Juan Manuel Zolezzi, rector of Santiago University, had a similar tale to tell: “For seven years now we have been among the universities that obtain more patents due to the fact that we established a development, research, innovation and business ventures strategy. Academics and researchers are supported by a technological management directorate, which provides advice on legal matters and on setting up a business. We even have specific rules on turning research into innovations that help people.”
The disciplines of the 29 patents applied for by Santiago University in 2015 include foods, nanotechnology, metallurgy, software and vaccines.
The expectation is that the new technology hubs will lead to many more patents, licences, contracts and will foster the establishment of new enterprises.
Each of the three hubs must set itself up as an organisation within 10 months and produce a transfer of technology plan in a year. Each hub has around 12 members and, although they have flexibility to operate, they are required to do R&D in at least one of three specified areas: health; agriculture and aquaculture; and industrial production, technologies and energy.
Alvaro Ossa said that the main advantage of the new technology transfer hubs is that they promote collaboration – they will increase the critical mass of Chilean technologies and support their transfer and licensing. According to provisional figures for 2014, universities execute slightly more than half of R&D in Chile, mainly with funding from the government. University expenditure in R&D amounts to 9% of the country’s total.
“We will be able to share with the other hub members of the Know Hub the technology transfer and innovation experience accumulated by the Catholic University over the last decade, especially to those universities and institutions that are just getting under way,” he told University World News.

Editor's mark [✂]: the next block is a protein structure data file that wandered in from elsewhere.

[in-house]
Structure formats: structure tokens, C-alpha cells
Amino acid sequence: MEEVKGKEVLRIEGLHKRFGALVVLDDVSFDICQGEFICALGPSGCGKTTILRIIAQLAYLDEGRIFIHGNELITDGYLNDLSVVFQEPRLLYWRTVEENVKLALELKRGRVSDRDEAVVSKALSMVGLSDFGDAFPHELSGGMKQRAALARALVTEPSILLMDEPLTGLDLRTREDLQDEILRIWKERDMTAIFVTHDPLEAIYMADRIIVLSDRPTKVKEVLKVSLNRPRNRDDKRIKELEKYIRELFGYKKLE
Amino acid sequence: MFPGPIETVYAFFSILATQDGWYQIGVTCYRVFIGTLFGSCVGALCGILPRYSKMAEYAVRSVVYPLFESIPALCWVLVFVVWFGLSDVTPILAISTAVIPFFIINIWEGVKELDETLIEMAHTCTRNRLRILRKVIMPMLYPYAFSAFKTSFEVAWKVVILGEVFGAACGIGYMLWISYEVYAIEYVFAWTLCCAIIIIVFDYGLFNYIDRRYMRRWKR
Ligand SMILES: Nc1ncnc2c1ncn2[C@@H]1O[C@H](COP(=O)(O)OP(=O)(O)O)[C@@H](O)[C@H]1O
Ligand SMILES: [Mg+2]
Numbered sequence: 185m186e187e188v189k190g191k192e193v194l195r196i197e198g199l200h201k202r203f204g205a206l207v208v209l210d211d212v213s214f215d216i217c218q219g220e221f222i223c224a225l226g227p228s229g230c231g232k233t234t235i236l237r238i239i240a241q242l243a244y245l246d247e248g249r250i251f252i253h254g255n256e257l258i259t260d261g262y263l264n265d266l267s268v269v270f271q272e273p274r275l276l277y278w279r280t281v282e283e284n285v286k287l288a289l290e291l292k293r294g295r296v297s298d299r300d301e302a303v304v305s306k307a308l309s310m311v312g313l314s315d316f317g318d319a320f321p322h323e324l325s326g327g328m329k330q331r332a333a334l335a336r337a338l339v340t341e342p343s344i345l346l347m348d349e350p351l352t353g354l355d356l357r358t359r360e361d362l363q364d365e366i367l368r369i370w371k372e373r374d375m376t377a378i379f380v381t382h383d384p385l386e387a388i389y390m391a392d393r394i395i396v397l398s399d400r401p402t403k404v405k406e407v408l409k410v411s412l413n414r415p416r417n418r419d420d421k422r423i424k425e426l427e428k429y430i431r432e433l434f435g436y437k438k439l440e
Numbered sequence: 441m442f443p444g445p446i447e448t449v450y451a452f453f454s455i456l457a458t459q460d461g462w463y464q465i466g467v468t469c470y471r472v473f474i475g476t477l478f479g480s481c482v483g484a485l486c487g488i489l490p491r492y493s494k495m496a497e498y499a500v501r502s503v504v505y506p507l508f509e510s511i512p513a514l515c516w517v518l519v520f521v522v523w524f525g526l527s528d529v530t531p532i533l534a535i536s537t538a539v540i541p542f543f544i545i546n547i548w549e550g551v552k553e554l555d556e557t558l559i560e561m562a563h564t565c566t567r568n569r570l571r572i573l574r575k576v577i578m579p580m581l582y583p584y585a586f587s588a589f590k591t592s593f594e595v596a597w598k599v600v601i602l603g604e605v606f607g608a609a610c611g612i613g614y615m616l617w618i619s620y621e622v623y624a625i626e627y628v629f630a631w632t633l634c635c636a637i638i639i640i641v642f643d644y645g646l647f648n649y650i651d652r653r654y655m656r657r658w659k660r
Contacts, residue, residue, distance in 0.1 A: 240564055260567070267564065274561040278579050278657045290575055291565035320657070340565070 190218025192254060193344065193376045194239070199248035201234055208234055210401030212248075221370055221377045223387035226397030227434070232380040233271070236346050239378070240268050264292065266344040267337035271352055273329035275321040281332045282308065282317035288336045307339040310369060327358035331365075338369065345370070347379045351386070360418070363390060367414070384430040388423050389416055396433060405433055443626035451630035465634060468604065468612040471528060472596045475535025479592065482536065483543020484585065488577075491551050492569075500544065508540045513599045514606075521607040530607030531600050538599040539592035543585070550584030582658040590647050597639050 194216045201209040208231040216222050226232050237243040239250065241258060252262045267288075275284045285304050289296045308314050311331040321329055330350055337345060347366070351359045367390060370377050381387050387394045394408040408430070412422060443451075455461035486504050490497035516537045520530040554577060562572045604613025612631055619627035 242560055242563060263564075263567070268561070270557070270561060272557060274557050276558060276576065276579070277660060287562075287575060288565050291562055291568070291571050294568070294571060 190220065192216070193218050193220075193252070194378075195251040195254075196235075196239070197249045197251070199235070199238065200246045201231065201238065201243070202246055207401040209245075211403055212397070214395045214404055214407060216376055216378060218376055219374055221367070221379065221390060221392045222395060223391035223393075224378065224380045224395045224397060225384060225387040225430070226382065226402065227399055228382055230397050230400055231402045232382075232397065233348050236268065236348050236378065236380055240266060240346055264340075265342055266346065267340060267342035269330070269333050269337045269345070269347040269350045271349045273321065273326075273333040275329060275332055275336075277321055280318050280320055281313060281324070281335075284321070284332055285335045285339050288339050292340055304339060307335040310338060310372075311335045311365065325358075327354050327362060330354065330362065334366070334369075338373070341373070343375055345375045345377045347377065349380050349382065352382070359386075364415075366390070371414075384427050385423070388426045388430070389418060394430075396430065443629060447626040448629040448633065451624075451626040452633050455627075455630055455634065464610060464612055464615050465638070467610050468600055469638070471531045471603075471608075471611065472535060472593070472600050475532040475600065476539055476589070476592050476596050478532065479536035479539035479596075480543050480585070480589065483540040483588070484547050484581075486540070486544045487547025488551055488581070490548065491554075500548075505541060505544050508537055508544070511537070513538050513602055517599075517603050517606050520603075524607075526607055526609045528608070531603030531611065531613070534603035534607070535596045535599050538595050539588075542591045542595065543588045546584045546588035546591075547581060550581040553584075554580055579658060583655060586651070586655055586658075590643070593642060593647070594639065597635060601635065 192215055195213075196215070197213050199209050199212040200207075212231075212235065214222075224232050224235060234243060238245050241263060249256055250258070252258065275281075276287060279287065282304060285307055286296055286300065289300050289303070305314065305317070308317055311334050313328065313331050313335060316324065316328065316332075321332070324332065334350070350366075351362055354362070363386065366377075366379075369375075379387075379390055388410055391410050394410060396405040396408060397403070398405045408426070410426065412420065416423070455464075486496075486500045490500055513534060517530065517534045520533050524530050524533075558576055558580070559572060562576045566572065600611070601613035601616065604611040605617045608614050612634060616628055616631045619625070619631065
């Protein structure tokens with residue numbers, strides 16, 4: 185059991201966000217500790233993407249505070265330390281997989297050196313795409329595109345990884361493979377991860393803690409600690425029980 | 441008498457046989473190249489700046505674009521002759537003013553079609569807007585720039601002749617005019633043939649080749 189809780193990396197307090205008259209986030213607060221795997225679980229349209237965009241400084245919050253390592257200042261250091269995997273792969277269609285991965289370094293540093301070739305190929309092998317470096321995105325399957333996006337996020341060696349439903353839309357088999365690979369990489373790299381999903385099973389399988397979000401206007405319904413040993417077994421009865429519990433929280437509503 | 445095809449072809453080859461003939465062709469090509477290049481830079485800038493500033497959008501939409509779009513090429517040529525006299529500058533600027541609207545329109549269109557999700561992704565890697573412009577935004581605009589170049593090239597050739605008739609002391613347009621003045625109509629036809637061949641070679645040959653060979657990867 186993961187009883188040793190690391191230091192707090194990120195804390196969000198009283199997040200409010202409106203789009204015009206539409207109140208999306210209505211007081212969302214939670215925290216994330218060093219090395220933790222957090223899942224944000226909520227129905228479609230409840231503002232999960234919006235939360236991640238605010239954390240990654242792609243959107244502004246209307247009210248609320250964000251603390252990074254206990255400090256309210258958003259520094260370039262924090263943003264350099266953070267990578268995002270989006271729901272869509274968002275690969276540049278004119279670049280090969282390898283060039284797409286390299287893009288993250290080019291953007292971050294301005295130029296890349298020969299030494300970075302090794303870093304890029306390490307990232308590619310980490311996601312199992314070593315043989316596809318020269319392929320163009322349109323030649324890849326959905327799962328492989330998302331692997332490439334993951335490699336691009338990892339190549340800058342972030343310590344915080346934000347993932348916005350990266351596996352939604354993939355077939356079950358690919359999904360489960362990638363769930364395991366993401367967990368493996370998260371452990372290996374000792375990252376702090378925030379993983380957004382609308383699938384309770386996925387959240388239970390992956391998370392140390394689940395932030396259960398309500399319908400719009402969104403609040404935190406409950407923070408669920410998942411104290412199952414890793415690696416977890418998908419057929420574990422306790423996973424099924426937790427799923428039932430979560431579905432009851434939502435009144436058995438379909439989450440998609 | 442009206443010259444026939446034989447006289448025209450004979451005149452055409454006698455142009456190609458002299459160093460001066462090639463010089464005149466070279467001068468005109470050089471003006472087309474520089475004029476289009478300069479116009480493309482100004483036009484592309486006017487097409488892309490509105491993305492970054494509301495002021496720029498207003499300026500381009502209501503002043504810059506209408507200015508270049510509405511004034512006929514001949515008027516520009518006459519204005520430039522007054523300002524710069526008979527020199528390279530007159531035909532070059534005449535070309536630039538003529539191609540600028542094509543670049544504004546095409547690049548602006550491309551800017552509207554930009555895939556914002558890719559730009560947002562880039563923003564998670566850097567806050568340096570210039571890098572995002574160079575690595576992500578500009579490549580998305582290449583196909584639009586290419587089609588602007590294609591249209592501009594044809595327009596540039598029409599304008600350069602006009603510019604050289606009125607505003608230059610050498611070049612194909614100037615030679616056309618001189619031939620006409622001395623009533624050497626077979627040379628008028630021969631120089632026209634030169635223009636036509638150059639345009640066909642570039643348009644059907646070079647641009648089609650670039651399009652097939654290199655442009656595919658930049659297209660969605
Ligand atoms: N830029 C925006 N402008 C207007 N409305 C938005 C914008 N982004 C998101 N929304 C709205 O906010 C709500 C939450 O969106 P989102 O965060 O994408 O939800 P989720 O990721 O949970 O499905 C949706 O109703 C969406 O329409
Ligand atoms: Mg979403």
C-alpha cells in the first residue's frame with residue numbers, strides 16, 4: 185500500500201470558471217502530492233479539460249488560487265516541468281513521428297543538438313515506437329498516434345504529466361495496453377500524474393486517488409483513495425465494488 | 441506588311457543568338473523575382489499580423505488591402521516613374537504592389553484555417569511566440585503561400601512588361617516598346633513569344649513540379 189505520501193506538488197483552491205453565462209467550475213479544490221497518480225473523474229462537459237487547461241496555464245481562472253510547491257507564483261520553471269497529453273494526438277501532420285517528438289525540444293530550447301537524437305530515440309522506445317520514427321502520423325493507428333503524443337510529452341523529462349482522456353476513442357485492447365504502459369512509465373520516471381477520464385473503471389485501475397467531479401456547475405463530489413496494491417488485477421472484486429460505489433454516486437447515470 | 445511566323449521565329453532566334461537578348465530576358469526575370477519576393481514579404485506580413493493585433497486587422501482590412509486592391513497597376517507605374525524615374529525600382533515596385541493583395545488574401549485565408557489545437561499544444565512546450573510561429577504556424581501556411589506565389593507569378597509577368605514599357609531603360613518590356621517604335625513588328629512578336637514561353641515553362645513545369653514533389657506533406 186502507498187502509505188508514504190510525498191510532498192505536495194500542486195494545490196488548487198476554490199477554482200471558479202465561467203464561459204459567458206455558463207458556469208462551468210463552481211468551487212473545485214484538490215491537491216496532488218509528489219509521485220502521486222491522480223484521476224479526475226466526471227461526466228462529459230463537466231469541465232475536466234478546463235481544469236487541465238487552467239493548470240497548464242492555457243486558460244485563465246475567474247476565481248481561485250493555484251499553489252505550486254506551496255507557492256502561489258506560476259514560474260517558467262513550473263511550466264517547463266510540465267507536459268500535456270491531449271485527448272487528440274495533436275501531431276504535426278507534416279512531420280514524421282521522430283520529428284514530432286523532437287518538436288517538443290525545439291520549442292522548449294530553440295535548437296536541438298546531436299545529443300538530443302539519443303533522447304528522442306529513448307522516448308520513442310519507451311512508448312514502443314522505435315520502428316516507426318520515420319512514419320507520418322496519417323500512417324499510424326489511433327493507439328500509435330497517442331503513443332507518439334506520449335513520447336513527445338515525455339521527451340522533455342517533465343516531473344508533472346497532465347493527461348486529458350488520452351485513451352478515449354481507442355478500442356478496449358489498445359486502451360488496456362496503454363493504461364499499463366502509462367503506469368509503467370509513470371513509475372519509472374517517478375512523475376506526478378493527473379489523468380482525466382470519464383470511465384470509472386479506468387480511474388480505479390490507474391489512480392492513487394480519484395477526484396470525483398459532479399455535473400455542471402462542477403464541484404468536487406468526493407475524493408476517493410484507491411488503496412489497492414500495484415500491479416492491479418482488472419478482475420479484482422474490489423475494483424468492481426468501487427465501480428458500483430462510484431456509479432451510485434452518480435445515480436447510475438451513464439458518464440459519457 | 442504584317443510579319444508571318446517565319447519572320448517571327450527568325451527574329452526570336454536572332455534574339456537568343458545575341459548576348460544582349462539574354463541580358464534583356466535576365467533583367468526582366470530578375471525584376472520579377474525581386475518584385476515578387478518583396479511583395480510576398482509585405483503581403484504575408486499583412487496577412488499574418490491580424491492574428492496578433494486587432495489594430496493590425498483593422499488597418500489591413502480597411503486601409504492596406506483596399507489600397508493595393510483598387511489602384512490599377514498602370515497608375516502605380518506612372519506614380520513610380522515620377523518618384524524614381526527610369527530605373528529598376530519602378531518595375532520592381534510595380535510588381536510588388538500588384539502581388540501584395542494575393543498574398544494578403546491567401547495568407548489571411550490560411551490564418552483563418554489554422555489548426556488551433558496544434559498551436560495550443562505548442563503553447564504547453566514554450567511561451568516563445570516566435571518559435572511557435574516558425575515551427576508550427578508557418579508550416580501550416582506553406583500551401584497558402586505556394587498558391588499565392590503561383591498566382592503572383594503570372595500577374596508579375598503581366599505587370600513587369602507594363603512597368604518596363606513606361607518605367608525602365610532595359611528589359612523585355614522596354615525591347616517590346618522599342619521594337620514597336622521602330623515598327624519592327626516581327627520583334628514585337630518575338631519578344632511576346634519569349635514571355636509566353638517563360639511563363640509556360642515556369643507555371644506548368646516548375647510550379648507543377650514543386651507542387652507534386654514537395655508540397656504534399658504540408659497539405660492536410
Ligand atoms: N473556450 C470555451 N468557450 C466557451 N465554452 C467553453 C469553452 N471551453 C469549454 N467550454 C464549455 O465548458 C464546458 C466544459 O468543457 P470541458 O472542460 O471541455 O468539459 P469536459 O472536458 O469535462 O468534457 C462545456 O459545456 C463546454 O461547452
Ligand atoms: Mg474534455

Claudina Uribe, director of innovation and technology transfer of Universidad de La Frontera, or UFRO, located in the southern city of Temuco, explained the benefits the university expects from the hub project.
“The HubTec project, of which we are part, will provide us with capabilities and specialists in transferring more complex applied science technologies being developed in the university. For a small university such as ours, doing this by ourselves is not only difficult but expensive,” she said.
“This associative project will enable connections to be established among those associated to the project, both in the area of R&D as well with the industrial sector and to exchange and complement know-how so as to develop high-impact national and international projects.”
“Equally, UFRO academics and researchers will have the chance to take part in technology transfer training programmes and thus fulfil our aim to disseminate the research and innovation developed in-house, not only through scientific papers but to apply it to society too,” Uribe added.